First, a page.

restricted access 2. The Politics of Labor Market Reform in Hard Times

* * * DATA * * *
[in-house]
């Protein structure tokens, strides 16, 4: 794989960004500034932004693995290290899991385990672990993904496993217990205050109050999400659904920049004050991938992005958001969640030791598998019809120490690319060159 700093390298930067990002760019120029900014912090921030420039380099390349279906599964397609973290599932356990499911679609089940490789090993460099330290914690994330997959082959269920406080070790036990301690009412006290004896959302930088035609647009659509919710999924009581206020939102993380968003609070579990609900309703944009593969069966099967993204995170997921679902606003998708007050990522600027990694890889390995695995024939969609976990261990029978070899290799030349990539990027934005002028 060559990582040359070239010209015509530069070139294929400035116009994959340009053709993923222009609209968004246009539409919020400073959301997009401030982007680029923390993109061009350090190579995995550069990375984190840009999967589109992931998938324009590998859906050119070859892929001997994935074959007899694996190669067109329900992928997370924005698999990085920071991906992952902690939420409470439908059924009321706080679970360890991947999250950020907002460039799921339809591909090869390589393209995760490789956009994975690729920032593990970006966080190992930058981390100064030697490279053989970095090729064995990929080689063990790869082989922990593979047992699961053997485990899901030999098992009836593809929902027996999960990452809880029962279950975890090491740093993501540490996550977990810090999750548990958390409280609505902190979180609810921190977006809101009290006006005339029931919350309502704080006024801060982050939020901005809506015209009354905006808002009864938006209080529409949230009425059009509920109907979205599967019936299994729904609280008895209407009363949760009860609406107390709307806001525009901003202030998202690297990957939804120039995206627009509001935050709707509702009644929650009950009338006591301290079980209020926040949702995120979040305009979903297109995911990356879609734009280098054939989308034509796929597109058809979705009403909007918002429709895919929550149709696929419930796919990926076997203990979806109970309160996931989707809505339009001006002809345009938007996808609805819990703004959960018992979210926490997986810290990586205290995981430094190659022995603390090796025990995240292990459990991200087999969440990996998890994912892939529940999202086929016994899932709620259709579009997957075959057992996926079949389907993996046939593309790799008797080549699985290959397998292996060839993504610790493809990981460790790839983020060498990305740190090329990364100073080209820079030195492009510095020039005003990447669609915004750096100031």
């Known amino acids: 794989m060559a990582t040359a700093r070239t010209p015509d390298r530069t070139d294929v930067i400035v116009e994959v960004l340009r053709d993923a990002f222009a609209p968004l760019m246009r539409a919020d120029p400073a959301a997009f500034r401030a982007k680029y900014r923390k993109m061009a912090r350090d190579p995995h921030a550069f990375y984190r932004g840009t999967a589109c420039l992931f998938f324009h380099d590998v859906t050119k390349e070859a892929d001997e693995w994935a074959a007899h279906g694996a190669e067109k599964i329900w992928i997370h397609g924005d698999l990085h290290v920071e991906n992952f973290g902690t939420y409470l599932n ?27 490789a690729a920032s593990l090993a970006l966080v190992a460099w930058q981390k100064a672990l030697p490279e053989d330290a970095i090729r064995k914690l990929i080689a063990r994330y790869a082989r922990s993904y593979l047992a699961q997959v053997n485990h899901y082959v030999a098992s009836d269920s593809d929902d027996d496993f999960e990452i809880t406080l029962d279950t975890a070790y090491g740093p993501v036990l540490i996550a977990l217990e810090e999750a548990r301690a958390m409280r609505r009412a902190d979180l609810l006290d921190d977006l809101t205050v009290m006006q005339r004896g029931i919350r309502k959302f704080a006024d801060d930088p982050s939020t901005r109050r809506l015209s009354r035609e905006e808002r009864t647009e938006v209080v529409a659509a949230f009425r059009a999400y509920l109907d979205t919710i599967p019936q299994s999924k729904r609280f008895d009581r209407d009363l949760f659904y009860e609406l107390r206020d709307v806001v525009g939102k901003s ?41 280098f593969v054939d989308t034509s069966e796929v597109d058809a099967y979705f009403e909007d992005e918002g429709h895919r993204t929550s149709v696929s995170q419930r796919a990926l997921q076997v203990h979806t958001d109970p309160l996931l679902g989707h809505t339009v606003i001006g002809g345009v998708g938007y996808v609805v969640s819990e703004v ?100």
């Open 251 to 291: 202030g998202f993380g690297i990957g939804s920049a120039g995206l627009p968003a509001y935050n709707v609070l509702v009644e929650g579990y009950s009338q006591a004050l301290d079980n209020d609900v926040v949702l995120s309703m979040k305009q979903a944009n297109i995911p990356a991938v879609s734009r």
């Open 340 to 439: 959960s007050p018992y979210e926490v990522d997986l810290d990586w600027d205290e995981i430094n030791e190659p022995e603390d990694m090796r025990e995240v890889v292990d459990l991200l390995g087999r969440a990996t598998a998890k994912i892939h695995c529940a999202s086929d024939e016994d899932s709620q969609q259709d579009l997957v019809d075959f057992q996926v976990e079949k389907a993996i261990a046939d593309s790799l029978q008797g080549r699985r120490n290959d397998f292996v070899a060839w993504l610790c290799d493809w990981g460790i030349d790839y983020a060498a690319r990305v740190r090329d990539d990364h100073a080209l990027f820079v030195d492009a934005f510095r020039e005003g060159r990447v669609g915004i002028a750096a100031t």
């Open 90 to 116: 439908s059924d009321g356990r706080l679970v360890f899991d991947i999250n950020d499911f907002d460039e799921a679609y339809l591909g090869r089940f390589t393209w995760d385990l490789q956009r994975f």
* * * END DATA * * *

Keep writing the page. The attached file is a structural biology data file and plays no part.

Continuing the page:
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46 2 THE POLITICS OF LABOR MARKET REFORM IN HARD TIMES That countries adopt diverging paths of labor market reform raises an important question for policy makers as well as scholars, considering the frequency of global and national economic crises around the world and the necessity of reform for economic adjustment. This chapter focuses on the institutional arrangements of the labor market to explain the political process and outcome of labor market reform. It argues that the features of the employment protection system determine the patterns of reform and that the configurations of industrial relations shape the trajectories of labor market inequality and dualism. The first section analyzes three possible explanations for the politics of labor market reform: the political partisanship of the government, the role of political institutions, and economic crisis. While these explanations provide useful insights in accounting for the politics of labor market reform, they do not sufficiently answer empirical questions arising from the two cases of Japan and Korea as well as general patterns of reform across advanced industrialized countries . The second section, then, turns to building a theoretical framework to explain labor market reform, inequality, and dualism. The third section explains the ways in which the variables of employment protection systems and industrial relations shape the patterns of labor adjustments and institutional changes in the labor market in times of economic crisis, focusing on the cases of Japan and Korea. The final section summarizes the core argument presented in this chapter. THE POLITICS OF LABOR MARKET REFORM IN HARD TIMES 47 Three Possible Explanations for the Politics of Labor Market Reform What causal mechanisms might undergird the three explanations for the politics of labor market reform?1 By testing these frameworks against empirical evidence drawn from Japan and Korea, I demonstrate that they fall short in providing adequate explanations for the variations in the politics of labor market reform. Political Partisanship of the Government A first possible explanation for the politics of labor market reform is the political partisanship of the government. A strand of research on this points out that labor-friendly socioeconomic policies (e.g., strong employment protection and generous social welfare programs) to shield workers from the vagaries of the market can be attributed to left governments closely tied with labor unions (Bradley et al.2003; Esping-Andersen 1990; Garret 1998b; Huber,Ragin,and Stephens 1993; Huber and Stephens 2001; Korpi 2006). Recently, departing from the simple dichotomy of the left–right ideological spectrum of the political partisanship of the government, a group of scholars points to the political partisanship of the government combined with insider-outsider differences as a key variable to account for the diverging patterns of reform in advanced industrialized countries, especially the rise in labor market inequality and dualism (Iversen and Soskice 2009; Iversen and Stephens 2008; Palier and Thelen 2010; Rueda 2007).2 Yet even scholars within this camp disagree as to whether social democratic governments (or left governments) foster or prevent the increase in labor market inequality and dualism. Rueda (2007) claims that social democratic governments have accelerated labor market inequality and dualism between insiders and outsiders because they have prioritized the interests of insiders—their core constituencies in electoral competition—over those of outsiders (e.g., temporary and unskilled workers).He argues that a lack of policy responsiveness by social democratic governments to widening economic disparity further deepens labor market inequality and dualism, although he points to employment protection legislation and corporatism as two additional factors to mediate the consequences of inequality and dualism in the labor market (Rueda 2007, 27–35).3 Meanwhile, other scholars argue that social democratic governments, combined with specific skills-training systems and wage-coordination mechanisms , have effectively preempted the rise in labor market inequality and 48 CHAPTER 2 dualism by expanding social protections for those most affected by labor market reform, such as active labor market policies for outsiders (Iversen and Soskice 2009; Iversen and Stephens 2008). Contrary to Rueda (2007), these scholars claim that social democratic governments, in support of protecting the interests of labor (including both insiders and outsiders), have been able to maintain a high level of economic equality amid labor market reform, whereas Christian democratic governments, composed of more diverse groups of political constituencies ranging from business to religious groups, have exacerbated labor market inequality and dualism in most continental European countries. While the political partisanship of the government provides a compelling story for explaining cross-national variations in the politics of labor market reform...


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